Author’s note: This is a sequel of sorts to my story The Last Dame to Fall For. I thought I’d try to do a different type of continuation rather than a direct sequel. Therefore, we have this story about one of Clark White’s children years after the events of that story.
The rain came down heavy on the windshield. Still, Tom drove down the expressway undeterred in a green Ford Cortina. He’d reach a level of comfort or as much comfort one might feel while still on the run. He turned the radio up only to hear the DJ make a rather telegraphed reference to the weather as he introduced the new song by Creedence Clearwater Revival, “Who’ll Stop the Rain.” Tom laughed to himself, not at the dumb joke but at his circumstances – Who’ll Stop the Rain indeed! He listened to the song and it resonated with him with everything he’d been through. He glanced over to her as she sat cradled next to him in the passenger seat. She was sound asleep but even then she was beautiful, graceful, and most of all . . . innocent. If there was anything Tom inherited from his father it was that gift of seeing into a person’s true nature and character particularly when it came to women. There wasn’t much from his father he was grateful for, but this was perhaps the best thing he could have taken away from the old man. Unfortunately, Tom also inherited his dad’s penchant for drinking, but right now he was more focused than ever before. He needed to prove her innocence and he had risked everything to do it. Despite all the evidence against her, Tom stood firm in his conviction that Mary Williams did not kill her husband, and he’d even risk his own badge to prove it.
There was only one safe place Tom could think of to go. It was the address on those letters his father had kept hidden from his mom. Clark White had been a complicated man indeed. Tom felt like he hardly knew the man until he confided in him towards the end and even then it was because he needed Tom to write down what he wanted to say in his final letter. It was a matter of necessity as Clark had grown too frail and his hands shook and he could no longer write, not that Clark had been fond of letters to begin with. Tom knew his dad to be a man of few words and until his final days he never thought of his father as being overly complex. Stingy- yes, judgmental – yes, crotchety – always. Childhood had been anything but fun, but at least it toughened him up, and when he earned his badge, he remembered his dad running up to him to give him a big hug. It was the most affectionate the man had ever been. Tom would be lying if he didn’t admit to himself that it didn’t get to him a little.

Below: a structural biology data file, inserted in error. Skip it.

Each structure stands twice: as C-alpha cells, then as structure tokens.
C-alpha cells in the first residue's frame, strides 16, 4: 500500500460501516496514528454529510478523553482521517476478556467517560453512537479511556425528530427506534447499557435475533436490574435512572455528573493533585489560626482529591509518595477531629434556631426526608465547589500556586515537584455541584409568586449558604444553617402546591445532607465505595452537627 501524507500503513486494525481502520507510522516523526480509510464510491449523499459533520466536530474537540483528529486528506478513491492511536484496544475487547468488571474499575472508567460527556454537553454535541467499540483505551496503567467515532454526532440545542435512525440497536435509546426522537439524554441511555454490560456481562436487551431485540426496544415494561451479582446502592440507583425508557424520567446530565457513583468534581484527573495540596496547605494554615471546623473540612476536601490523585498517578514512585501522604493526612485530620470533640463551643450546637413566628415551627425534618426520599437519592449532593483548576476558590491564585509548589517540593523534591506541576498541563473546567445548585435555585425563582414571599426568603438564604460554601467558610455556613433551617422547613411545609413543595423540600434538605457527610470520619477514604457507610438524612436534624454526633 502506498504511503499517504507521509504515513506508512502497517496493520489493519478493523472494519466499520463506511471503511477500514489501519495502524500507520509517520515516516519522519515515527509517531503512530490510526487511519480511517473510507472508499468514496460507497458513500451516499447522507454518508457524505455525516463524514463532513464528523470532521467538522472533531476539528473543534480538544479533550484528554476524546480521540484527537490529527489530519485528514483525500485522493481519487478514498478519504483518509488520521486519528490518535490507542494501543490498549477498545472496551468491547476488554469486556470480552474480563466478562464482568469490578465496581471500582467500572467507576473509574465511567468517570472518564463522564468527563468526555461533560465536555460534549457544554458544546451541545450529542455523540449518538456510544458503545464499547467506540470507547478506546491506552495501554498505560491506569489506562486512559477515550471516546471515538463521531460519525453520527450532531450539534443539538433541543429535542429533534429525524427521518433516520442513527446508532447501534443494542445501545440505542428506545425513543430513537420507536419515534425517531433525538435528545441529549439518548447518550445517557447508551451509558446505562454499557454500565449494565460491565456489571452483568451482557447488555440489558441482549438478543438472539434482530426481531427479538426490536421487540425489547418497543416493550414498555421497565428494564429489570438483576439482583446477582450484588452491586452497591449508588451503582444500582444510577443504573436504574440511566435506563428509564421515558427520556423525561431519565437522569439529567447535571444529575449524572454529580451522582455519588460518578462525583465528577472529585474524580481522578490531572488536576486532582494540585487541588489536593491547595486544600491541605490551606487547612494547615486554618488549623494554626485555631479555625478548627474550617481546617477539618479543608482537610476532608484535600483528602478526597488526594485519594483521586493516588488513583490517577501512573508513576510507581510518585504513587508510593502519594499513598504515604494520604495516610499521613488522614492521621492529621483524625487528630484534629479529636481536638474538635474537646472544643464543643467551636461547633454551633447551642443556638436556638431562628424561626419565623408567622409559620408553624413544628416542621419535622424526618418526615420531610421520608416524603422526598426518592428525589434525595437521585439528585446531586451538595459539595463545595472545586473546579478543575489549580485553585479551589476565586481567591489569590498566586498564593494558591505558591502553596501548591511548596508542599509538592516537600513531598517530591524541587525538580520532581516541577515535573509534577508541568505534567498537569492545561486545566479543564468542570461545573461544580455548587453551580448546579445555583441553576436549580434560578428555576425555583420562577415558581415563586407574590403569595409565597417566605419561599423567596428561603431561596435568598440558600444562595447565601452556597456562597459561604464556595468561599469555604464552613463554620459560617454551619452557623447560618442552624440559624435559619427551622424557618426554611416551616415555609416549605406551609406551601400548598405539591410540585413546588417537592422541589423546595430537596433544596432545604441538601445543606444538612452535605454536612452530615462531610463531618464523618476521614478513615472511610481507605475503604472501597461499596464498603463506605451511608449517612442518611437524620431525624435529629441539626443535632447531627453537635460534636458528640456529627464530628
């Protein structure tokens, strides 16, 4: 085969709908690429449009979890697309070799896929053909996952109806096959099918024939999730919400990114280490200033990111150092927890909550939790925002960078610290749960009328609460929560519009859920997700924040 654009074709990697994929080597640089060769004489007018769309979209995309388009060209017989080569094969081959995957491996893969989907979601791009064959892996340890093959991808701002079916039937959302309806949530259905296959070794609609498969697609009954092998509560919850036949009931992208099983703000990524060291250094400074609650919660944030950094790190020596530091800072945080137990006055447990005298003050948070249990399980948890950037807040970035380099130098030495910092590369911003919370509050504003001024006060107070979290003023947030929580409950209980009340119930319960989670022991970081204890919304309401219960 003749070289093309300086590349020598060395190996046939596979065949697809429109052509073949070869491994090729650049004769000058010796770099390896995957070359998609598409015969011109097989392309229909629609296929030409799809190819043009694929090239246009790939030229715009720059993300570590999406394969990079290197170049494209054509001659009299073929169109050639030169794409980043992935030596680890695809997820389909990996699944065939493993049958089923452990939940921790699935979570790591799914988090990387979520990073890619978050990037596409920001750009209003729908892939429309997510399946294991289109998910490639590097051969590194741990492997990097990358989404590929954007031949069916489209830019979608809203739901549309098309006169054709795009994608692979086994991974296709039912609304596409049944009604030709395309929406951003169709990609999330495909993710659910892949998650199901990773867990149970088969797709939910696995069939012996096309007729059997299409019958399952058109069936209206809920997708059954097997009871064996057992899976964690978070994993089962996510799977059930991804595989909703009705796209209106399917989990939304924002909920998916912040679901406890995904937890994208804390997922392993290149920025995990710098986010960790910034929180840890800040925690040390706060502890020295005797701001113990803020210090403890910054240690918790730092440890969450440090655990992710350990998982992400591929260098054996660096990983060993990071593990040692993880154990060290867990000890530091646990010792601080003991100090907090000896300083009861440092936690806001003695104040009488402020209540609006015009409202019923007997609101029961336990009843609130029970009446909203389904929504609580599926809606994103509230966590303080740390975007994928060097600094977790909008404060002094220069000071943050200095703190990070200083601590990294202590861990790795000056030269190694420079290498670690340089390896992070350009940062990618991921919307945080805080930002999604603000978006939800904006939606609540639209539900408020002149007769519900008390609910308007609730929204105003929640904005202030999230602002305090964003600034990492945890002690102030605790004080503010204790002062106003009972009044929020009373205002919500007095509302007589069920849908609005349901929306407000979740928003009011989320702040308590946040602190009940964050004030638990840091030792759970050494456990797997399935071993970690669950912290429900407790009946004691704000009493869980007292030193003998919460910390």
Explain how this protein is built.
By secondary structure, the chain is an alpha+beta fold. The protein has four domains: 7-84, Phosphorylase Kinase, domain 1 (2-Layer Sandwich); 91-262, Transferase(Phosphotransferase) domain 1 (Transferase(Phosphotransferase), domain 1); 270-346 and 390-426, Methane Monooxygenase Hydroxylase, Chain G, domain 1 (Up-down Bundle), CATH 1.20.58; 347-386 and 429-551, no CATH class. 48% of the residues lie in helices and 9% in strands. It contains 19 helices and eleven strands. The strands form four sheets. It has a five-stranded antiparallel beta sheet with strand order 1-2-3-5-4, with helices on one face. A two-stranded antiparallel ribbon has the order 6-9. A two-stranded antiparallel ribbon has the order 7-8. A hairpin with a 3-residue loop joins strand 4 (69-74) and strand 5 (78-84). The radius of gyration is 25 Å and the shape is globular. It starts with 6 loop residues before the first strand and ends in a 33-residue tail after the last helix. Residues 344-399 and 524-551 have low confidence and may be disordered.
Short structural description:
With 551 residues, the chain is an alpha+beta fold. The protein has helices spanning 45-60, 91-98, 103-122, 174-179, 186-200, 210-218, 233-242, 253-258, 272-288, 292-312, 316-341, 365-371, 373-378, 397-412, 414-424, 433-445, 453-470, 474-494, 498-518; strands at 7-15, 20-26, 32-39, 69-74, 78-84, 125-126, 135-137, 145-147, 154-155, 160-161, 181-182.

Now, the question remained . . . who was this Beverly Davenport that his father had been desperate to write to in his final days and would she even remember Clark White or even care to help his son under these desperate circumstances nearly 18 years later. Tom imagined that Beverly who must now be in her early 60s might even call the police and then he’d be done for – both he and Mary would each be incarcerated. Tom had put together the story easily enough but there was still an enormous sense of doubt as to whether or not he could trust this woman his father had trusted all those many years ago. As the radio continued to play, Tom haphazardly wondered if 20 years from now people would come to regard the present day as ancient history. It would seem that time passes indiscriminately for all of us and yet its fate that’s kinder to some than to others. It was fate that had riddled his Dad with Lou Gehrig’s disease and caused his lungs to fail a few years after the onset of symptoms. Perhaps it would be fate that would deal the same hand to him in due time. It was fate that drew him and everyone alive closer to the void of death where surely nothing awaits but a vast unfeeling emptiness. His father never believed in heaven and neither did he.
He pulled up in front of a modest sized house with a big lawn and a garden off to the side. Mary stirred next him. “Where are we?” she asked.